Bug 4647 - More detail on JobStartException / JobRestartException? Job - abstract / restartable
More detail on JobStartException / JobRestartException? Job - abstract / res...
Status: RESOLVED FIXED
Product: jbatch
Classification: Unclassified
Component: source
1
PC Windows
: P5 enhancement
: ---
Assigned To: cvignola
Depends on:
Blocks:
  Show dependency treegraph
 
Reported: 2013-02-06 13:12 UTC by ScottKurz
Modified: 2013-03-01 18:23 UTC (History)
1 user (show)

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Description ScottKurz 2013-02-06 13:12:16 UTC
There's not much detail on when exactly a runtime should throw  JobStartException / JobRestartException?

I can see some value in having a general-type exception that an impl might throw for impl-specific reasons... 

As we're working on the RI/TCK we are faced with:

1a. should job start of an abstract job (or a job with an abstract step) result in a JobStartException?   

1b. should there NOT be a JobInstance or a JobExecution in this case (rather than creating a JobExecution which would end up with a batch status of FAILED).

2a. For restartable=false jobs, should this fail with a JobRestartException? 

2b. Should this NOT have a JobExecution for the restart?

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The spec COULD choose to say something both about the specific exception associated with abstract jobs (or steps) and restartable=false.   It could also choose to say something about the association between JobStartException and JobRestartException and the lack of JobInstance/JobExecution.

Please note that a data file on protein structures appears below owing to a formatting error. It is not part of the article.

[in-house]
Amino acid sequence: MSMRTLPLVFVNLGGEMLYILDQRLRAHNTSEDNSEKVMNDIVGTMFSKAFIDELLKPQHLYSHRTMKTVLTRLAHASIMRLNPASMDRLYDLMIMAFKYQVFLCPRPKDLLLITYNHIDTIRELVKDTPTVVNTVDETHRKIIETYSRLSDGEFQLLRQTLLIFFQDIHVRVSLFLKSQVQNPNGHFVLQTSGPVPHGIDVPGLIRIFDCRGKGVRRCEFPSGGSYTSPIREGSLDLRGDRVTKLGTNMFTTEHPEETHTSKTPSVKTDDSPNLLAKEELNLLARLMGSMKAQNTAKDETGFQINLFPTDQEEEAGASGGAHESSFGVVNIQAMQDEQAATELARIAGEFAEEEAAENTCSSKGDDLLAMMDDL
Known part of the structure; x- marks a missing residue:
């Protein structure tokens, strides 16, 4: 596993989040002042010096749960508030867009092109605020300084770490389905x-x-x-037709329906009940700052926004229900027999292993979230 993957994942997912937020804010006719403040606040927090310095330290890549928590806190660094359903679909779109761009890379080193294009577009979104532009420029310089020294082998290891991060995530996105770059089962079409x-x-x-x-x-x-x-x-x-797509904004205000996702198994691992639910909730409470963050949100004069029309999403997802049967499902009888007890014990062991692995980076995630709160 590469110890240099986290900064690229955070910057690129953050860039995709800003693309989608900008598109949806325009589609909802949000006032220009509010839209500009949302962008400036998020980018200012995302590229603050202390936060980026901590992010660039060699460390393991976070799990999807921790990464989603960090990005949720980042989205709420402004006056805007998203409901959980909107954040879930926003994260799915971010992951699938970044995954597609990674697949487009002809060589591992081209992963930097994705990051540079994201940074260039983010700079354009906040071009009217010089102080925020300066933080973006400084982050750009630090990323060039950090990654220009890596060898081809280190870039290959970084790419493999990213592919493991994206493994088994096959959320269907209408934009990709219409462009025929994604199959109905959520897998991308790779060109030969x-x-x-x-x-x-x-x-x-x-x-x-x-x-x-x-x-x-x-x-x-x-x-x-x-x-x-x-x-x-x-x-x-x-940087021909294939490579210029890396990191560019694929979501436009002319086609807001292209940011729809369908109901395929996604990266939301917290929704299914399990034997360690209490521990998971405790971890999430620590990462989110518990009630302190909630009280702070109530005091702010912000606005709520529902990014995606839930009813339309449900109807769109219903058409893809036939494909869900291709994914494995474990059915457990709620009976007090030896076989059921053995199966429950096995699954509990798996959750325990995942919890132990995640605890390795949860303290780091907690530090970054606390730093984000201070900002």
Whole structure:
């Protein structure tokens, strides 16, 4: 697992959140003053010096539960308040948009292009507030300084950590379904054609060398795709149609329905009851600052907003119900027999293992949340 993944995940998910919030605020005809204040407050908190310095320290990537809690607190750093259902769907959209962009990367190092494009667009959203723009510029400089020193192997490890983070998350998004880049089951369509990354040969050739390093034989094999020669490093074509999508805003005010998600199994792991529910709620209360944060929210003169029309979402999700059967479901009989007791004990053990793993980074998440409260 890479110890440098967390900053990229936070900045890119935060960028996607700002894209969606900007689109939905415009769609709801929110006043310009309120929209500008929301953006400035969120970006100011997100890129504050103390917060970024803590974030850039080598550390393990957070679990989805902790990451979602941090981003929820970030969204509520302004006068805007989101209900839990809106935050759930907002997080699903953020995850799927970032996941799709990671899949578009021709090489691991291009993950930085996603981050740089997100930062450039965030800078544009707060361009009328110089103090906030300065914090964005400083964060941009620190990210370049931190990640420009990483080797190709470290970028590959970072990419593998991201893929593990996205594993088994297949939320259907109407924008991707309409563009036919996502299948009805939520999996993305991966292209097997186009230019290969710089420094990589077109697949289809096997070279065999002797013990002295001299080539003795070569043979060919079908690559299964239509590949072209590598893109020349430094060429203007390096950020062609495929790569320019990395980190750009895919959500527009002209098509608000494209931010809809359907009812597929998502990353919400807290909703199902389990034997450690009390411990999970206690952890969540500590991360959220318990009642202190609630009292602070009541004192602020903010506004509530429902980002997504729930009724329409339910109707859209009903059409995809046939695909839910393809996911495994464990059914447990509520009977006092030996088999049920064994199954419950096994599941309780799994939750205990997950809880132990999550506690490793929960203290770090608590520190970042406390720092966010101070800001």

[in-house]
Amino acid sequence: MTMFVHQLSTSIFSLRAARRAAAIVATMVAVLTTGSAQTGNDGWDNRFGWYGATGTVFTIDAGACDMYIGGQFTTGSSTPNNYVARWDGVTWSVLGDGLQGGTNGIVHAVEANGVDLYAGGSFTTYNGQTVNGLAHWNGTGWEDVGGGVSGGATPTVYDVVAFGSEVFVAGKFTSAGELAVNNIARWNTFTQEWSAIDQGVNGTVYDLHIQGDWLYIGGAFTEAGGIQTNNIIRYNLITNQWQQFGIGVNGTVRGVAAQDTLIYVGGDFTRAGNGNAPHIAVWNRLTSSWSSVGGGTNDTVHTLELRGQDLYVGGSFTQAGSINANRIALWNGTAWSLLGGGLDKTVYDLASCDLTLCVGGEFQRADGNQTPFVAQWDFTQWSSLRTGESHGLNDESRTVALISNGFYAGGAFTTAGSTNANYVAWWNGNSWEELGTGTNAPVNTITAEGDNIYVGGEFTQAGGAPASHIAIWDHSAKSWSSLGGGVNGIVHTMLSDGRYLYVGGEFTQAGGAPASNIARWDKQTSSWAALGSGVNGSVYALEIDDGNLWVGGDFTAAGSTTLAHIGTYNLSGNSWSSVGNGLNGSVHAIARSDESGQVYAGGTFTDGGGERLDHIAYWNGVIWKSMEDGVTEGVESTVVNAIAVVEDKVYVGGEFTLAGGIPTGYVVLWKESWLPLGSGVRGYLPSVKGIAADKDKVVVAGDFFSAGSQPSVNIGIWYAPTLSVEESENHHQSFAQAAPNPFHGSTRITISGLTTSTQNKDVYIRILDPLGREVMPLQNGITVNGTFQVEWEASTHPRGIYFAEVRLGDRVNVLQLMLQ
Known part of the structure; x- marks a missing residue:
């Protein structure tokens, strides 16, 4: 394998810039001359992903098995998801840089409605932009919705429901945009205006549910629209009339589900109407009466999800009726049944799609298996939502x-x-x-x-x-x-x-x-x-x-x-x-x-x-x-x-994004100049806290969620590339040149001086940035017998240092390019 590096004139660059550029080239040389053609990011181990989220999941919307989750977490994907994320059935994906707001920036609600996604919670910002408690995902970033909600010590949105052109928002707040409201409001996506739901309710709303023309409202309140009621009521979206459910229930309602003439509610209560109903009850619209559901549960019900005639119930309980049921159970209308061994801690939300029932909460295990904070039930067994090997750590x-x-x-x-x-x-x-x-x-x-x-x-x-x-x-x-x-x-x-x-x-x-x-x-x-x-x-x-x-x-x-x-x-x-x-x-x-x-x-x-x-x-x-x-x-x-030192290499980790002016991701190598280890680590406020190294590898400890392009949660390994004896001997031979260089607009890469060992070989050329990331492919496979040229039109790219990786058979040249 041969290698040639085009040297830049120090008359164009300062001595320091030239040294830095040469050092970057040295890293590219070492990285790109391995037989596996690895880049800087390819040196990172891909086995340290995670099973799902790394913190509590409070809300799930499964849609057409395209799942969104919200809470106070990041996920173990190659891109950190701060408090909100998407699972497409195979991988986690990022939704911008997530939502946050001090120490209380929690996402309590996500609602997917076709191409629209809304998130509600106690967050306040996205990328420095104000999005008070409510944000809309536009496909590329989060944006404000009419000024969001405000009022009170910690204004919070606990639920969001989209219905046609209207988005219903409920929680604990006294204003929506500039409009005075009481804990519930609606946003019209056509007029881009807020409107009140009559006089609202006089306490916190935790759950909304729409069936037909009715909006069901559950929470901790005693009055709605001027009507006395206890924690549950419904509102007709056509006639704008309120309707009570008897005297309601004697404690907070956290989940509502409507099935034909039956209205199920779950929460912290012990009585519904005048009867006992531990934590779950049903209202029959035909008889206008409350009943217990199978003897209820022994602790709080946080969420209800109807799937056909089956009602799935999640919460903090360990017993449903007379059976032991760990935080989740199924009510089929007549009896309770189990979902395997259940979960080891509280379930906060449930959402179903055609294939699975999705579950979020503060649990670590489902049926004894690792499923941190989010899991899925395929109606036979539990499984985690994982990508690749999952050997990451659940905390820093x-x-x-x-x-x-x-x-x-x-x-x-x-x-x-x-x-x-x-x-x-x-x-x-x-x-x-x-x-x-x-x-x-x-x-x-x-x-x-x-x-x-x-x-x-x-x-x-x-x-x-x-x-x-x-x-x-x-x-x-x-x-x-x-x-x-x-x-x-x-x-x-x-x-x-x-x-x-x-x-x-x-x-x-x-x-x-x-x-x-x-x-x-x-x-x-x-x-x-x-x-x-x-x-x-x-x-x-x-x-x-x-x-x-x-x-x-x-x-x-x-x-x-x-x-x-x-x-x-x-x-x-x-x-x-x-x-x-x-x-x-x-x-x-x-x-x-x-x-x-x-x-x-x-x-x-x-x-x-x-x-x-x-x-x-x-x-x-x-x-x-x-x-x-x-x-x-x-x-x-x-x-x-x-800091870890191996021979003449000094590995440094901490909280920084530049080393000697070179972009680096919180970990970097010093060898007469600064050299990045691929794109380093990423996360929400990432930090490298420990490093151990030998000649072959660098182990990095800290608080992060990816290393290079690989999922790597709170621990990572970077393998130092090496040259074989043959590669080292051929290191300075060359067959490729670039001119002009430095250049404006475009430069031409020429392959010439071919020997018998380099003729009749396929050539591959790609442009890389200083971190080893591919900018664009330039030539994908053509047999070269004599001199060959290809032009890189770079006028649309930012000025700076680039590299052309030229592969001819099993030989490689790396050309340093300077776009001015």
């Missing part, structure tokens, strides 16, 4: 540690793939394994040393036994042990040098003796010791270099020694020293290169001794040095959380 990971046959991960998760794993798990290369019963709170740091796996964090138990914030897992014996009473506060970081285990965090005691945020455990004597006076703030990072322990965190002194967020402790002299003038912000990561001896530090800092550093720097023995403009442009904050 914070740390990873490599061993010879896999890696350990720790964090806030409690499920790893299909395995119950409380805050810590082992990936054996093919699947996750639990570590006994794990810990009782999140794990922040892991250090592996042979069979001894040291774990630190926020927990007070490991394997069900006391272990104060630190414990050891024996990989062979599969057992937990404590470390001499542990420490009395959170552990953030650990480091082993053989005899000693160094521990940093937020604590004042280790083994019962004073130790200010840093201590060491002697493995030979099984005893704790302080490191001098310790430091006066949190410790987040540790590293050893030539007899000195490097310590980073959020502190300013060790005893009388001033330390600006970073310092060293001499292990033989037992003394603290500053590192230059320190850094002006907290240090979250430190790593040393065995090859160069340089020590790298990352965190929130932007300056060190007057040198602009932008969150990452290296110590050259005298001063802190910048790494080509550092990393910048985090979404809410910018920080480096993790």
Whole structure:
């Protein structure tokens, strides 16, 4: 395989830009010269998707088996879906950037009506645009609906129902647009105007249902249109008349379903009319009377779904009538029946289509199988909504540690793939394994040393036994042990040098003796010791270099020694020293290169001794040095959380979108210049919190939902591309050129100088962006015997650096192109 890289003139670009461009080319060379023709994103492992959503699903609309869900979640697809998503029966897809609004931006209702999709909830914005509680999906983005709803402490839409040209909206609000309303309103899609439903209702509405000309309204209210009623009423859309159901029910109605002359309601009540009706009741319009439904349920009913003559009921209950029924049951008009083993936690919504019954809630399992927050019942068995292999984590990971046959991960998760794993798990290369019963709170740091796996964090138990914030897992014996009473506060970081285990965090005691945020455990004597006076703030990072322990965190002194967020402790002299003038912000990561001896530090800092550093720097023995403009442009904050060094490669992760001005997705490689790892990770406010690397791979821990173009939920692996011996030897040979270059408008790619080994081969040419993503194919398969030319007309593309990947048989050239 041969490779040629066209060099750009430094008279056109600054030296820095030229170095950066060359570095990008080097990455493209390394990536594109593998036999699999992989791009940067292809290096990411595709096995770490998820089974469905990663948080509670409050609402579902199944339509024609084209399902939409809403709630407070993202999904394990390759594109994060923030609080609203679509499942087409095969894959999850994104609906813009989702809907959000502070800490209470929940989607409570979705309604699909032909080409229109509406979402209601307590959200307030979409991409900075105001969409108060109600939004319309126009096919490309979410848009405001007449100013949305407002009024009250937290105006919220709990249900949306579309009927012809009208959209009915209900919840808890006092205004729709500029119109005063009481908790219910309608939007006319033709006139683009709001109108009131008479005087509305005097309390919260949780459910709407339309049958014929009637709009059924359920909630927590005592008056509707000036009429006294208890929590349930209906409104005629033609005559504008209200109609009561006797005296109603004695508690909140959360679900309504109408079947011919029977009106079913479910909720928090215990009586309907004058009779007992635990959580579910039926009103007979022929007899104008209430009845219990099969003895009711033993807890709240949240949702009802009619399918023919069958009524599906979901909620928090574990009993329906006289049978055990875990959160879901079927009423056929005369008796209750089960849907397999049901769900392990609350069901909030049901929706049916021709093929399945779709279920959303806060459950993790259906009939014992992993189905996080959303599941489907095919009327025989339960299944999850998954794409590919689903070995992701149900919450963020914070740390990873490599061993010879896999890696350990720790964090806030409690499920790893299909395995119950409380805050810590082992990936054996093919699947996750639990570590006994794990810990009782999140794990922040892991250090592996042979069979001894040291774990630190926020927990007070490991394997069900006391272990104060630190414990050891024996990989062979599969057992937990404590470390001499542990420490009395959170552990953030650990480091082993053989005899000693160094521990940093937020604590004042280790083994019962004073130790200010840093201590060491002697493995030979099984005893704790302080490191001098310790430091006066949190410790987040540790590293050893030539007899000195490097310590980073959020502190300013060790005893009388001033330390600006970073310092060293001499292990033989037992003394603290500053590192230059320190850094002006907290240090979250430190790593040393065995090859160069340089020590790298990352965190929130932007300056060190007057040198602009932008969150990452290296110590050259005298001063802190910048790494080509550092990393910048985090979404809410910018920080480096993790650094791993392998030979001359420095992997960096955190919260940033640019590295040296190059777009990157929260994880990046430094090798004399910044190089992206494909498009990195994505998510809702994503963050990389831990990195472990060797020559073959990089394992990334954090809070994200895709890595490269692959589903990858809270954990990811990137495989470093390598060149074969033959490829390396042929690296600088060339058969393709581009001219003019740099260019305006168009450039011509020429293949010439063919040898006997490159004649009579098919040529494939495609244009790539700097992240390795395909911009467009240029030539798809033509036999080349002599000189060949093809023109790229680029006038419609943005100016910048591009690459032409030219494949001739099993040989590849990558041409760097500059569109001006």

Or I could envision saying this is all impl-specific as a valid choice.  Maybe I'm shying away from that since that leaves me not knowing how to write the TCK test (if I don't know if there is a JobExecution or not, say).
Comment 1 cvignola 2013-03-01 18:23:33 UTC
The spec will defer most error checking to the implementation.  However, consistent with servlet 3.0, it will require a schema-valid XML before a job can start.  Job start means that a job instance and job execution are created. Problems the runtime then detects with the job definition,  including, but not limited to:

1) no executable elements (i.e. only abstract steps)

2) non-existent transitions (i.e. next="value" where "value" does not exist)

3) cycles among next values (i.e. step1:next=step2; step2:next=step1)